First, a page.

While the boots might have caused the biggest stir, folk and craft elements were woven throughout the collection. Sea-green capes with braid edging and bobbles on strings, woolly hats with double pom-poms, knitted dresses with bright, diagonal patterned beading and jumpers with winsome polar-bear-amid-the-snow scenes were all delivered with Jensen's trademark lightness of touch and sweetness. Combined with shantung minis, checked pencil skirts with peplums and sweatshirts with exaggerated dogtooth patterns, the overall effect made one want to pinch the cute-as-pie collection's rosy cheeks. Think quirky sartorial Prozac.
Jensen's whimsical style is immediately recognisable, but it comes with enough of an unexpected edge to keep it modern and fresh. The tone of his collections isn't ironic or kitsch: there's an excited joie de vivre about past designs such as the fox pattern jumpers and Seventies style checked or crocheted A-line skirts from his autumn/winter 2008 "Nuts in May" show. Asked to define his distinctive aesthetic Jensen says, "I would use that American term of being daywear and also young, although, of course, women of all ages wear it. People also say humorous, which I suppose is true. It does have some humour to it, and it's not obviously sexy." It is sexy, but in a wholesome, ingénue way, rather than an in-your-face, fetishistic style; one would be hard put not to quicken a few pulses in those white boots. Jensen also points out that his collection is affordable, and it is. Most pieces are under £250 and Jensen also regularly creates capsule collections for Topshop, who sponsored his shows at London fashion week for several years. This season he created a version of the white Kamik-style boots for the store, along with towering laced ankle boots. Highlights of Jensen's many other collaborations over the last decade include his second capsule womenswear collection for Dover Street Market. His autumn/winter designs, along with unique pieces created in collaboration with photographer Tim Walker, were displayed amid an installation of snow-dusted rocks and imperious looking penguins.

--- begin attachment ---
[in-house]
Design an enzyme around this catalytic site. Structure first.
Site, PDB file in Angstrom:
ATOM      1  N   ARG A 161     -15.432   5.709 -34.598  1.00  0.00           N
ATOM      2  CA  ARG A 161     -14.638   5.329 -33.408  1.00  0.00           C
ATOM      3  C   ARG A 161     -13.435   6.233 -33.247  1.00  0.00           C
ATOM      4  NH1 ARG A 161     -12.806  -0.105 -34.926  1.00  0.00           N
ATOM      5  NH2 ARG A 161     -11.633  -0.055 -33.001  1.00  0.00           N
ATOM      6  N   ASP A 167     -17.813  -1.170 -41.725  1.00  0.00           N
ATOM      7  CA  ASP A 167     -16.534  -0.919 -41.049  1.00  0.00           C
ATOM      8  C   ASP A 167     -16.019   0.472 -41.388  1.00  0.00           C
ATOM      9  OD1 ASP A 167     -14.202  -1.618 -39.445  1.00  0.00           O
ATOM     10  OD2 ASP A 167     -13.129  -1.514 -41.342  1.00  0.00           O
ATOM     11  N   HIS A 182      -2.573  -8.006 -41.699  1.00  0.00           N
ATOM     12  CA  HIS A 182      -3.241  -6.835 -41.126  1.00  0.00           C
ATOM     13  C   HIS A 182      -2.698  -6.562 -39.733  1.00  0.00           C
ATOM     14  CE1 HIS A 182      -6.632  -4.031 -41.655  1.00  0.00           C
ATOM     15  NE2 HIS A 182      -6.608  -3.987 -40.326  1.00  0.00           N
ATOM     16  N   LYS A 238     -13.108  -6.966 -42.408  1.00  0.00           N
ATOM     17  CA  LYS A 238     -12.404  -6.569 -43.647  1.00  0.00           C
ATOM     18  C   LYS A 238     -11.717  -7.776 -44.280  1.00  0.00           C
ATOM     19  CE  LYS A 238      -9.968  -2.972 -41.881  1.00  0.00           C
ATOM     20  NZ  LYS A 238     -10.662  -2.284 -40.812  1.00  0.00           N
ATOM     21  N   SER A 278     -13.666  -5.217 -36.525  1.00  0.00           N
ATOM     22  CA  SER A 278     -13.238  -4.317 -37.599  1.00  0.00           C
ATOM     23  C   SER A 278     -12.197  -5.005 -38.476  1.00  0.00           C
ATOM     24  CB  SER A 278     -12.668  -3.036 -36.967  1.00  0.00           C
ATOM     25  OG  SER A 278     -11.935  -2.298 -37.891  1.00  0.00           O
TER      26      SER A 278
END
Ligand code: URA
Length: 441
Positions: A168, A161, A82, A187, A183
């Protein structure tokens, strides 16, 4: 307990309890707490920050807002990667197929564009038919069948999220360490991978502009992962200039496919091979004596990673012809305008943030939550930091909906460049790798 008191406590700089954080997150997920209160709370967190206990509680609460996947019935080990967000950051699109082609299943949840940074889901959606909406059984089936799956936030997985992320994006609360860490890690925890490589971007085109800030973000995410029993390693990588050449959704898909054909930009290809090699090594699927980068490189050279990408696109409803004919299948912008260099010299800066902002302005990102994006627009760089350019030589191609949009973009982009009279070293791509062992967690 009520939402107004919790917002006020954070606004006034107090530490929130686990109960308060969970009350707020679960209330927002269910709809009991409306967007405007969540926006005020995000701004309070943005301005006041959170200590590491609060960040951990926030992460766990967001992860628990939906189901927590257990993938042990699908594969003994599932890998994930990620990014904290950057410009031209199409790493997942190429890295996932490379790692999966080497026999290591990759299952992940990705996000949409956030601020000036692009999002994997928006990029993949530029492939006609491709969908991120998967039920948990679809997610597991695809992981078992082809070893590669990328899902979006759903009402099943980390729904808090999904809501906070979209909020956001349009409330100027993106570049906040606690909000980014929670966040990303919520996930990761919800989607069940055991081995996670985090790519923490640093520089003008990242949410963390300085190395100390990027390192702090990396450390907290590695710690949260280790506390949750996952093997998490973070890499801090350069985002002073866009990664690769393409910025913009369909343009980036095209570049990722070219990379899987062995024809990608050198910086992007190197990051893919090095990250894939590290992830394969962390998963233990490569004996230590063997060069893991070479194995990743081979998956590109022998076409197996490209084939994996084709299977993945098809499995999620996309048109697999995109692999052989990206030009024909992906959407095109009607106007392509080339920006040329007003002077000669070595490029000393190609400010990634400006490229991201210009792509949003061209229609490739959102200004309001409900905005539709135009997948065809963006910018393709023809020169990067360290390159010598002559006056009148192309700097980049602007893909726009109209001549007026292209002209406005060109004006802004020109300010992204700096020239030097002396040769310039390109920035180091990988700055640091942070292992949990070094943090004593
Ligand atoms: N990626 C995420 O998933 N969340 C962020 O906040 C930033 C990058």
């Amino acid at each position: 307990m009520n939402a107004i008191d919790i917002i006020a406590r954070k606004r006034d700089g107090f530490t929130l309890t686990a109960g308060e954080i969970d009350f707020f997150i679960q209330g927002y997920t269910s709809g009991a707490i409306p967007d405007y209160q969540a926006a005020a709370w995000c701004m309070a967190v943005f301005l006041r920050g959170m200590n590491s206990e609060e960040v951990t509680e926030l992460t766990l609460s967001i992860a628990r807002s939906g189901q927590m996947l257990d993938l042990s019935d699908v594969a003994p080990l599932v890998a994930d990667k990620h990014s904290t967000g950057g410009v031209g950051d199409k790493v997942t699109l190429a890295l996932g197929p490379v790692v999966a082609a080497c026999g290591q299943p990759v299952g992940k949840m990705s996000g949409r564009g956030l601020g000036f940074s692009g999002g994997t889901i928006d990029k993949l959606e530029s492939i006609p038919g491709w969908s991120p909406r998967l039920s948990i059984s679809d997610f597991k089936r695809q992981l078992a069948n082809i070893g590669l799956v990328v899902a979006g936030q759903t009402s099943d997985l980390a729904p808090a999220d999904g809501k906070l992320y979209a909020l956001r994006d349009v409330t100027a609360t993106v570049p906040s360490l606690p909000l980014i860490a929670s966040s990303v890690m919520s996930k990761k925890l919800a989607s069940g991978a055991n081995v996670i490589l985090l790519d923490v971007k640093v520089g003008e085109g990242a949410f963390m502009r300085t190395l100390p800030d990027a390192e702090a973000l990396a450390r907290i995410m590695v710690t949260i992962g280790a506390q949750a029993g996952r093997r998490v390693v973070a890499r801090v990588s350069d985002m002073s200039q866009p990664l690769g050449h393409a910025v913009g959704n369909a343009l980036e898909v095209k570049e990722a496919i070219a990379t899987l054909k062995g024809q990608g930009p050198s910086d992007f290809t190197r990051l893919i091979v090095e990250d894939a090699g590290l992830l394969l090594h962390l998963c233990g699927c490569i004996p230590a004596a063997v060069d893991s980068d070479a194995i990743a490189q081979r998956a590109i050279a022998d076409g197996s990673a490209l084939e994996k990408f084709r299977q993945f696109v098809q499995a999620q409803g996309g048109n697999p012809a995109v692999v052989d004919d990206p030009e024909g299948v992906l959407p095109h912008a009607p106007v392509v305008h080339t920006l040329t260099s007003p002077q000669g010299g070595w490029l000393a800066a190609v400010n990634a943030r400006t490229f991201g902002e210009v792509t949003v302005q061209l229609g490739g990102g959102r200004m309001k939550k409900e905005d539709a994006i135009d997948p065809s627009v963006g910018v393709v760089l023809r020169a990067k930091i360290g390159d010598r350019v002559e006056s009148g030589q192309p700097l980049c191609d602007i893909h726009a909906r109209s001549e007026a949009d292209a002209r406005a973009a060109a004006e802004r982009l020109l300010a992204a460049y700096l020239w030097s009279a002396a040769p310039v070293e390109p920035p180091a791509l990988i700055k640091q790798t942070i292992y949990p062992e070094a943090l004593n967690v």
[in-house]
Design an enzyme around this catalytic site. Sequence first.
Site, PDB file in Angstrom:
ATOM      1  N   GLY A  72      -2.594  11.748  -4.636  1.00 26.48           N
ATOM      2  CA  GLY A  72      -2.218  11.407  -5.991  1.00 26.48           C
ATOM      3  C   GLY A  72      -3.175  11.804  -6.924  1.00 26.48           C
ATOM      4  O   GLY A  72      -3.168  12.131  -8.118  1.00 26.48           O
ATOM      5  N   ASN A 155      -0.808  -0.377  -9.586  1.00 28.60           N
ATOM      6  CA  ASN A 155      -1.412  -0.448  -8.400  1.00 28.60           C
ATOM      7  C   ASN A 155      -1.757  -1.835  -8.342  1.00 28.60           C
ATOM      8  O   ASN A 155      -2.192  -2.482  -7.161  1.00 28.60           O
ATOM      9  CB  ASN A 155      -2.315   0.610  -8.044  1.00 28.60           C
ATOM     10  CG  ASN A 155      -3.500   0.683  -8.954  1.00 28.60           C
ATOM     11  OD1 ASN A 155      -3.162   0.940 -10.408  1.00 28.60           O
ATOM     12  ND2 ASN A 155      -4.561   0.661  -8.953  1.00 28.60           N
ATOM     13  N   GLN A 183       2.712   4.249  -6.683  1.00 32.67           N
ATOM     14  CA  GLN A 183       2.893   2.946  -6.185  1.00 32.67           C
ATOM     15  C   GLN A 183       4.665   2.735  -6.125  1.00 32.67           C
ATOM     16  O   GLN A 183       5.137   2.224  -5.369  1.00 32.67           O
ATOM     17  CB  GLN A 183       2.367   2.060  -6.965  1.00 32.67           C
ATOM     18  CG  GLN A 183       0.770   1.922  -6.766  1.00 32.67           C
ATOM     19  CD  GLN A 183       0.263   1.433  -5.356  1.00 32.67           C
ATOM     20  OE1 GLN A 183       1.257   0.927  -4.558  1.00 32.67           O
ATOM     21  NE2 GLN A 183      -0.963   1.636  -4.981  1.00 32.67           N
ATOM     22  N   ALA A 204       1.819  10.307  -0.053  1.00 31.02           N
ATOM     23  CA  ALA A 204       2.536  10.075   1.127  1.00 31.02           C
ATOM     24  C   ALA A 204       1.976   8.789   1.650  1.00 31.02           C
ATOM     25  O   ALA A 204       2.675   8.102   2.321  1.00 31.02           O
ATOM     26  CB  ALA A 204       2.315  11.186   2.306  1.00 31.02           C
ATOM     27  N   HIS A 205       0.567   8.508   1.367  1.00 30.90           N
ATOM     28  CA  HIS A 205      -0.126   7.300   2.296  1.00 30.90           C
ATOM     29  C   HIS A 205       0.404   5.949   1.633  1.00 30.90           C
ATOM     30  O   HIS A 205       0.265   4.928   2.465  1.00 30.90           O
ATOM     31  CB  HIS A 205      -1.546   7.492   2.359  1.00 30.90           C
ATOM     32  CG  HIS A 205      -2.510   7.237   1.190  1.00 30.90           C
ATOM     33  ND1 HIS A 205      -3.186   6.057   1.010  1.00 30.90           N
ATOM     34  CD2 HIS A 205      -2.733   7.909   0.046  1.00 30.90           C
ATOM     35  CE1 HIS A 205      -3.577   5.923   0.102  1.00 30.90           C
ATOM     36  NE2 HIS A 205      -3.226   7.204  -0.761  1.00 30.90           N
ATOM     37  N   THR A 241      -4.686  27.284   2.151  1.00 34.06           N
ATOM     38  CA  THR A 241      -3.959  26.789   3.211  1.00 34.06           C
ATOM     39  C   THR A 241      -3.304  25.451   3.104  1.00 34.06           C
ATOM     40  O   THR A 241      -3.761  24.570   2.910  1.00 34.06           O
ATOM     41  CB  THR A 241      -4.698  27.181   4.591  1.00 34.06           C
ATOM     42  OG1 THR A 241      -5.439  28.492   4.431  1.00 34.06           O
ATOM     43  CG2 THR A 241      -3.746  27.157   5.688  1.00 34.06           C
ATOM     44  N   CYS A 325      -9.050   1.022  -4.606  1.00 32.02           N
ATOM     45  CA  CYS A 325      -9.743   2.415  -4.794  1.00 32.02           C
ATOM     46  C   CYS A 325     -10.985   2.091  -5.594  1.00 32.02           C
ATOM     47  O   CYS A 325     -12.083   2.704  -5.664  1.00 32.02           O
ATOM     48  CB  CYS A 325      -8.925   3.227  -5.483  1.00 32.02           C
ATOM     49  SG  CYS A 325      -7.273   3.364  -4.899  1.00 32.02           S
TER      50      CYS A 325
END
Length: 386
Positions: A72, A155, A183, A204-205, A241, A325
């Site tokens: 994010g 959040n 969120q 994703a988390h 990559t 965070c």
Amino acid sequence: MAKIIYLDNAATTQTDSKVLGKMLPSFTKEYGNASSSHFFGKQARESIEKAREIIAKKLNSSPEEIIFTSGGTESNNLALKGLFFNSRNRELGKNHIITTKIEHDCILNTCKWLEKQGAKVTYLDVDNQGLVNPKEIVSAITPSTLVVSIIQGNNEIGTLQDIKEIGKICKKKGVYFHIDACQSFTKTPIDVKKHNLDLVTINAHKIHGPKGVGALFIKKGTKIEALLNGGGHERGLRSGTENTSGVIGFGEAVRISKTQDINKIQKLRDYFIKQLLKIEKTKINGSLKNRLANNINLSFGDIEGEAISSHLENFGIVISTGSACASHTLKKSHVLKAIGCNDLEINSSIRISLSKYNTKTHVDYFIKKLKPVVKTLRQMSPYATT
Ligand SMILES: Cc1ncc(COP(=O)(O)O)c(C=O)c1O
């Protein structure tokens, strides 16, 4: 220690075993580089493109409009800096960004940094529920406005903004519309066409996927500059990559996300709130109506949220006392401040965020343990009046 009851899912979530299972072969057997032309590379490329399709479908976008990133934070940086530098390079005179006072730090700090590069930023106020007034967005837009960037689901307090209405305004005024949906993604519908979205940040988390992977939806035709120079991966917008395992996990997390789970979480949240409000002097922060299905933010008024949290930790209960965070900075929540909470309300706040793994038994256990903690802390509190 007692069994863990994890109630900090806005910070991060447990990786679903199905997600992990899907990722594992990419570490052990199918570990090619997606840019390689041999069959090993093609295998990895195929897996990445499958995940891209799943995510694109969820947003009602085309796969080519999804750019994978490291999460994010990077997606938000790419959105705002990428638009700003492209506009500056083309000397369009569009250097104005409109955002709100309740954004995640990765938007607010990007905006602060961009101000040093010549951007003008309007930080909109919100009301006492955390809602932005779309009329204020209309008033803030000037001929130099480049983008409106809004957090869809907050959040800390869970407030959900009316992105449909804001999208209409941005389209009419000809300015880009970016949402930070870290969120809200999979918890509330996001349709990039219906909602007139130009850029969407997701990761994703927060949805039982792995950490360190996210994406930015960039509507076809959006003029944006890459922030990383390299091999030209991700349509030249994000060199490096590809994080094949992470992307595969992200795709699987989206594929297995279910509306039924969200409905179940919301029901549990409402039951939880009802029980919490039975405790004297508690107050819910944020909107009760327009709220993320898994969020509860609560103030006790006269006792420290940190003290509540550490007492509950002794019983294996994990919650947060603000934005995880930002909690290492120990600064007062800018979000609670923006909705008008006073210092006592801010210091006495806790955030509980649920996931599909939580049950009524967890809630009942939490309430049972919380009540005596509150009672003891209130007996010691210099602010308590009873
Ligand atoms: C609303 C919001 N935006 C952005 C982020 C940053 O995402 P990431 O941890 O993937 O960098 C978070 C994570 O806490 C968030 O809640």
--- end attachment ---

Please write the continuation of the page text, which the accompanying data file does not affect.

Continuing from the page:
It's a cartoonish take on the Scandinavian landscape familiar to Jensen while he was growing up. He hails from Logstor, Denmark, a small fishing village with a population of around 5,000, and says his love of fashion began with making things on his mum's sewing machine. He says, "I didn't sit down and think, 'Oh I want to be a fashion designer'. I liked the technical part of it." He even began his own business of sorts in the local street: "There was a fat girl who lived next door and she couldn't really buy clothing anywhere," he explains, " so I used to make her clothes and then charge her £3 for a top. She just kept on growing."
Jensen has been honing his craft for 10 years now. He launched his eponymous menswear line immediately after graduating from the MA course in menswear at Central Saint Martins College in 1999, and the womenswear line followed shortly after. He studied for his BA at the Danish Academy of Design, and has also been to an embroidery school in Denmark. Central Saint Martins wasn't Jensen's first experience of Britain, however. He and a friend had already come over to Maidenhead to work in a hotel: "She worked as a chambermaid and I worked as a dishwasher." Not the most glamorous-sounding start to his career in Britain, but Jensen describes it as "really, really good fun." That's the mischievous Jensen and his upbeat, feelgood clothes all over. As he puts it, "we're never going to do a goth collection."Reuse content